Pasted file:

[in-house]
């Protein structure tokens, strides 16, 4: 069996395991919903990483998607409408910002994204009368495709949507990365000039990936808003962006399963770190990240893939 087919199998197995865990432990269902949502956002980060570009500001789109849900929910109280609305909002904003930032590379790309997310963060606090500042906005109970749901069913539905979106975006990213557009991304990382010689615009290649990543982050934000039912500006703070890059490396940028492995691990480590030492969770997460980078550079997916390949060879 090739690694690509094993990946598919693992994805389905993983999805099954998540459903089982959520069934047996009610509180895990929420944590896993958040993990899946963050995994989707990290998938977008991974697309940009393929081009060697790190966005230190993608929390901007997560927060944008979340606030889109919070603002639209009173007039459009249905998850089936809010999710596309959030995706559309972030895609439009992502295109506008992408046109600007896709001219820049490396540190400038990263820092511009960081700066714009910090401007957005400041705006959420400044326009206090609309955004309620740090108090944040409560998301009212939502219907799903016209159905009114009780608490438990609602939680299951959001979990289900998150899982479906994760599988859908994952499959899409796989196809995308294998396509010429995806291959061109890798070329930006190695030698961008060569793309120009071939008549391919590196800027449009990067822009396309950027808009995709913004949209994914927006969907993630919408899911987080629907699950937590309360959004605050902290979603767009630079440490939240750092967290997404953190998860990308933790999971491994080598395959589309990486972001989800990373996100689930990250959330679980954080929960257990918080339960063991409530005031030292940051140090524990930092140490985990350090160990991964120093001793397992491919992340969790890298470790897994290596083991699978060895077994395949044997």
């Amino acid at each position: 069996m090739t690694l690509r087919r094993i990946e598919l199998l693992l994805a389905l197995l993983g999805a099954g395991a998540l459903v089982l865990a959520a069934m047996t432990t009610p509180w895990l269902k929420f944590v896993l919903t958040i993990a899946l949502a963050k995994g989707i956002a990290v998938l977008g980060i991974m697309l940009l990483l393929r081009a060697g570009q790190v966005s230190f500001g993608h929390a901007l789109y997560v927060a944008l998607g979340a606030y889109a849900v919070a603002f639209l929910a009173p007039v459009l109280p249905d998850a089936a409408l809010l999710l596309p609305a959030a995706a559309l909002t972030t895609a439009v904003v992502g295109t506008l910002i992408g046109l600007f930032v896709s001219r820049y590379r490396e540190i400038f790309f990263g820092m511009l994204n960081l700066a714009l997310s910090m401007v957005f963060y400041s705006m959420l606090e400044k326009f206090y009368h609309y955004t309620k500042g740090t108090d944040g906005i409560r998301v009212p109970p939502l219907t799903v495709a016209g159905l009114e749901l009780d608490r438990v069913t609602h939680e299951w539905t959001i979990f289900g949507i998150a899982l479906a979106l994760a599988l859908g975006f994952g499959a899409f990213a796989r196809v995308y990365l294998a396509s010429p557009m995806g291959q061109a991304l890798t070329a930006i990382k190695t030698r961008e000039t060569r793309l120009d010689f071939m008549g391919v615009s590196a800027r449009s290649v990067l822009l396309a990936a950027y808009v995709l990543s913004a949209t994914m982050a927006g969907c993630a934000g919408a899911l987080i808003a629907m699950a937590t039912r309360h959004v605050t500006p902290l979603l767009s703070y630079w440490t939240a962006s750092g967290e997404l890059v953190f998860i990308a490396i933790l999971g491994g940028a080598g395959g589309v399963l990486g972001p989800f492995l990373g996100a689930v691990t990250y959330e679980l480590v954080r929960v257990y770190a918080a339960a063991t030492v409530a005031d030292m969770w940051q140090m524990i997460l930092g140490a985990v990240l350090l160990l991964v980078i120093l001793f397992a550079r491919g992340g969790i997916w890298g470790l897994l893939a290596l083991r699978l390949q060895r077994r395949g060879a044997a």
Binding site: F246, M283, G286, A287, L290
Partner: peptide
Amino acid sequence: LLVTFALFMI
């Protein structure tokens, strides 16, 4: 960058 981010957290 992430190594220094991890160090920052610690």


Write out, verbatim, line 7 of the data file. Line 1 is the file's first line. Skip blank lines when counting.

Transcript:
């Protein structure tokens, strides 16, 4: 960058 981010957290 992430190594220094991890160090920052610690």